About the Kitty Litter Cam
09/12/09 Operational with the Panasonic camera. Update rate is every 5 minutes.
09/06/09 Well, it looks like the Axis 206 is very ill. The updating script is now shut down, and I just ordered a Panasonic BL-C1A camera. Hopefully, I can get things working again in a week or so.
10/07/07 Everything here has pretty much changed. I replaced the old Intel camera with an Axis 206 Network Camera. No more USB. The camera connects via Ethernet. The webcam program and server computer have been replaced with a couple of Bash shell scripts running on an Apple Mac Pro.
07/06/2004 The Covad DSL is gone, and Comcast won't let me, so my server is no longer directly connected to the Internet. Updating now via FTP to an outside server. This means less frequent picture updates and no updates at all to the recent page. Sorry!
The camera is a USB model from an Intel Create & Share Camera Pack. This picture shows the gear as installed in the Cat Basement. The camera is the white thing at the upper right. Yes, the cats have their own basement. Its only partially finished and is also a laundry room and storage area but they like it.
The black box at the lower left is a Belkin 4-port USB hub. Its powered via that little black cable heading upwards. The (rather large, good for 4 ports) power module is actually on the other side of the the wall in the living room. Tricky, eh? Local power is needed because this hub has to power the camera.
From this hub, 16 feet of (rather expensive) Belkin cable runs through a crawl space to the same kind of hub located in the Computer Basement. That hub is connected to (and powered from) the server computer through another 16 feet of cable. The computers have their own basement, too. Its a weird house. The cats are not allowed in the Computer Basement.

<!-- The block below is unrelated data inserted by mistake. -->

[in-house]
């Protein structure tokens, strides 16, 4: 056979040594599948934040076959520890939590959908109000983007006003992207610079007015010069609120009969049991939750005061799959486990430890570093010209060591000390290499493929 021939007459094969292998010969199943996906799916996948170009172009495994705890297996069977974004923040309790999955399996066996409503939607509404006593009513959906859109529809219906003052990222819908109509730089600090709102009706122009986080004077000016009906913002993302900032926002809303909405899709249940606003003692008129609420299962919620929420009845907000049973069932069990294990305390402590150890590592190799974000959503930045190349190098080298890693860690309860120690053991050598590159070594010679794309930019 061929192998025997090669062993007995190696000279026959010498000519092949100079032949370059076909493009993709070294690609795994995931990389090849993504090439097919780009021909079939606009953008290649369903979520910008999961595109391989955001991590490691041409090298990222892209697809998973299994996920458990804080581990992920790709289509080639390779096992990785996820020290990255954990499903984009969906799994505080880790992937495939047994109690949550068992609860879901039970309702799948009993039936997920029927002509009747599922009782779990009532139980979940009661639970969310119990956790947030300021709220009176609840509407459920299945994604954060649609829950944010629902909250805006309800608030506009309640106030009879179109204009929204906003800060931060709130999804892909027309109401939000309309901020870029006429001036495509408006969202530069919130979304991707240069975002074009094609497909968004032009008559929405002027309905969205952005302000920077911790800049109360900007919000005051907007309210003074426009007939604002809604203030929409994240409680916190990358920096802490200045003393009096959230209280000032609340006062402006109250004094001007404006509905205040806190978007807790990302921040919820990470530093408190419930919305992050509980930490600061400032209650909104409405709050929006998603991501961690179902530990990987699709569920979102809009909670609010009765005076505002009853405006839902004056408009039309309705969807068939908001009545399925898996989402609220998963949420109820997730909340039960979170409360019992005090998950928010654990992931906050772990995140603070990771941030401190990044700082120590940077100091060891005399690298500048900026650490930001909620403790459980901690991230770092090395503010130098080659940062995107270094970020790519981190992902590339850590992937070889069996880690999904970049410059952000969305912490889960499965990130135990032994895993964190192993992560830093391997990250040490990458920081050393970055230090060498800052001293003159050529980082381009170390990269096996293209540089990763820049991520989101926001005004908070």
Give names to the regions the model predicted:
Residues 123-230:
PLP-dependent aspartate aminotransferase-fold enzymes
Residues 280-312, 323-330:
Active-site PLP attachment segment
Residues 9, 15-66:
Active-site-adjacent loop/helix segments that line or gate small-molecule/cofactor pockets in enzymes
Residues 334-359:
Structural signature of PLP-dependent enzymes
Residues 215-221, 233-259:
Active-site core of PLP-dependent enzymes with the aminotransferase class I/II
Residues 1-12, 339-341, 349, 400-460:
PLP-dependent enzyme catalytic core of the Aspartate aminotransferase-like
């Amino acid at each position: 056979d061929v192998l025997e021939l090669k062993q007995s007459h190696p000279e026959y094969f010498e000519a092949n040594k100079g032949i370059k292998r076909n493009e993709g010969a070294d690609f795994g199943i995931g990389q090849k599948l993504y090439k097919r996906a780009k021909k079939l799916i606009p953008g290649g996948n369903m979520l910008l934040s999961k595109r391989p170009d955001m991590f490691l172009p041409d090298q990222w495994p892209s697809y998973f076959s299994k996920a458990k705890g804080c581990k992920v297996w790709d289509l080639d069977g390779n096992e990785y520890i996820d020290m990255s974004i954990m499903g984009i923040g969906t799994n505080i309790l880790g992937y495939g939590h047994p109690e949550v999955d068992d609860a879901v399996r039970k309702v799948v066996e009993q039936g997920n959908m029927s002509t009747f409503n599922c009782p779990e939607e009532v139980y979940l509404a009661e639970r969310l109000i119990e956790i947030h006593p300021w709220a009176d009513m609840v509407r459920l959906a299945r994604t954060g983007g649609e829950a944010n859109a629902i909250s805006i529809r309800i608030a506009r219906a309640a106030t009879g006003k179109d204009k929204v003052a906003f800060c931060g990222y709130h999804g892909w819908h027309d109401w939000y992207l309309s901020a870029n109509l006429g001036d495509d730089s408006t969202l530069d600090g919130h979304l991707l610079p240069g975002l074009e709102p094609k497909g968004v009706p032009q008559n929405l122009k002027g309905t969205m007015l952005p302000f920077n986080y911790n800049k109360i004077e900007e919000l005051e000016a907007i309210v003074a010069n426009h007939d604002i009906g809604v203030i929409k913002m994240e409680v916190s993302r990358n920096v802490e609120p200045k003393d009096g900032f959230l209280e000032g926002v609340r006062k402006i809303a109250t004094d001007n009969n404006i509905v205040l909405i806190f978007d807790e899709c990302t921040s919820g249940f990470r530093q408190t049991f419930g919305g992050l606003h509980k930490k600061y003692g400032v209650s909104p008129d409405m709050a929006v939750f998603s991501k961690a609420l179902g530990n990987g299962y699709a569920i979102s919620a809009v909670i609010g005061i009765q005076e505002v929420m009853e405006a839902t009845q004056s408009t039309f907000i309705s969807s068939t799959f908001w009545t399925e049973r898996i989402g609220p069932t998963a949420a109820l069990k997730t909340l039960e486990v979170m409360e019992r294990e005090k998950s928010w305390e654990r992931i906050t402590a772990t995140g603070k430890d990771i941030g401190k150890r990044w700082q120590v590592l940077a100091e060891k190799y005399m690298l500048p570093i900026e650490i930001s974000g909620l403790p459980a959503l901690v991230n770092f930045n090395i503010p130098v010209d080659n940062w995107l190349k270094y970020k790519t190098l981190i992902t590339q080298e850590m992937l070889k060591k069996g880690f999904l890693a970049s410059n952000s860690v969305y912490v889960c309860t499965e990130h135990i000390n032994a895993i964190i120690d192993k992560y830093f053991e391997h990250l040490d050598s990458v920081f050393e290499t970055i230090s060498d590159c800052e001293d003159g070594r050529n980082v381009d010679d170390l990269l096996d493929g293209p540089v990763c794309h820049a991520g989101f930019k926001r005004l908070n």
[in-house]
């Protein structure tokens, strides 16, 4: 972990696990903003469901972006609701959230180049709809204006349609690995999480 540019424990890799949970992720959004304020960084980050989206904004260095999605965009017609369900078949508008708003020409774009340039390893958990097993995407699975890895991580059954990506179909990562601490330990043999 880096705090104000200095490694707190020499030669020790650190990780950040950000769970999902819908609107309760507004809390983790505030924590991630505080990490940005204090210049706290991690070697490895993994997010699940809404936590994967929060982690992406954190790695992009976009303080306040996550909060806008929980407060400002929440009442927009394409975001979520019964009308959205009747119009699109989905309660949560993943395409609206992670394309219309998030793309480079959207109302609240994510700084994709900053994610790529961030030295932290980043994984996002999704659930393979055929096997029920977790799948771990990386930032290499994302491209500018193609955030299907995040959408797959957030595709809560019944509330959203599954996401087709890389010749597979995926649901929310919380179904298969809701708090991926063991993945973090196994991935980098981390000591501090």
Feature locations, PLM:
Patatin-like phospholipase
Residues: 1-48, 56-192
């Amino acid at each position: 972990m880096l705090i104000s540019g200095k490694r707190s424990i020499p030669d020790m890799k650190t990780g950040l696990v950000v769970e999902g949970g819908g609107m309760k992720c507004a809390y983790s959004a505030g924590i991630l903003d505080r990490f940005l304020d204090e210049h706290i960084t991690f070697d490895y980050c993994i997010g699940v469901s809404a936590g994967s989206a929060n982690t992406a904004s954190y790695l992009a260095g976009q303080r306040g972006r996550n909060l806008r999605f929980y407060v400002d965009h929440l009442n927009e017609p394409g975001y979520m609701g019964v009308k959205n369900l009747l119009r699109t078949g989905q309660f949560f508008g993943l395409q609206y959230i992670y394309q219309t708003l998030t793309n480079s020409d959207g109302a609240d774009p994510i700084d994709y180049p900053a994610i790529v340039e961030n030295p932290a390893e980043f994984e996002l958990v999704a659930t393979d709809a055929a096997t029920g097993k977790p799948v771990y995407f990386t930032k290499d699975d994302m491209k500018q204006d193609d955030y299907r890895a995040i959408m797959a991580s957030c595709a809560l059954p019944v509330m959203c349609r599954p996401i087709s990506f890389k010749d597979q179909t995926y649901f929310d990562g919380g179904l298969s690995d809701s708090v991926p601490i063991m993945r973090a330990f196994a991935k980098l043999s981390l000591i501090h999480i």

To make it work, software is required. There are many nice Web Cam programs out there (shareware and such) but none were quite right. So, Big Dave wrote his own using Borland (now Imprise) C++ Builder. Big Dave likes to write a little proggy now and then. Its fun! Here's a screen capture of the program's main window:
As you can see, there are the usual buttons to setup the camera and control operations. When "started," the program captures a picture every 30 seconds, converts it to JPEG format and saves it various ways for the server to use.
The server computer is a home-built
mini-tower with an ASUS
P5A-B motherboard and a 400 MHz. AMD K6-2 CPU with 64
megs of RAM. It runs Microsoft
Windows 98 (the only way to get full USB
support) with a Xitami
web server. The server has a 192 kbps Covad SDSL connection to
|Copyright © 1999 by Dave Brockman --- Home --- Last edited 10 Mar 2009|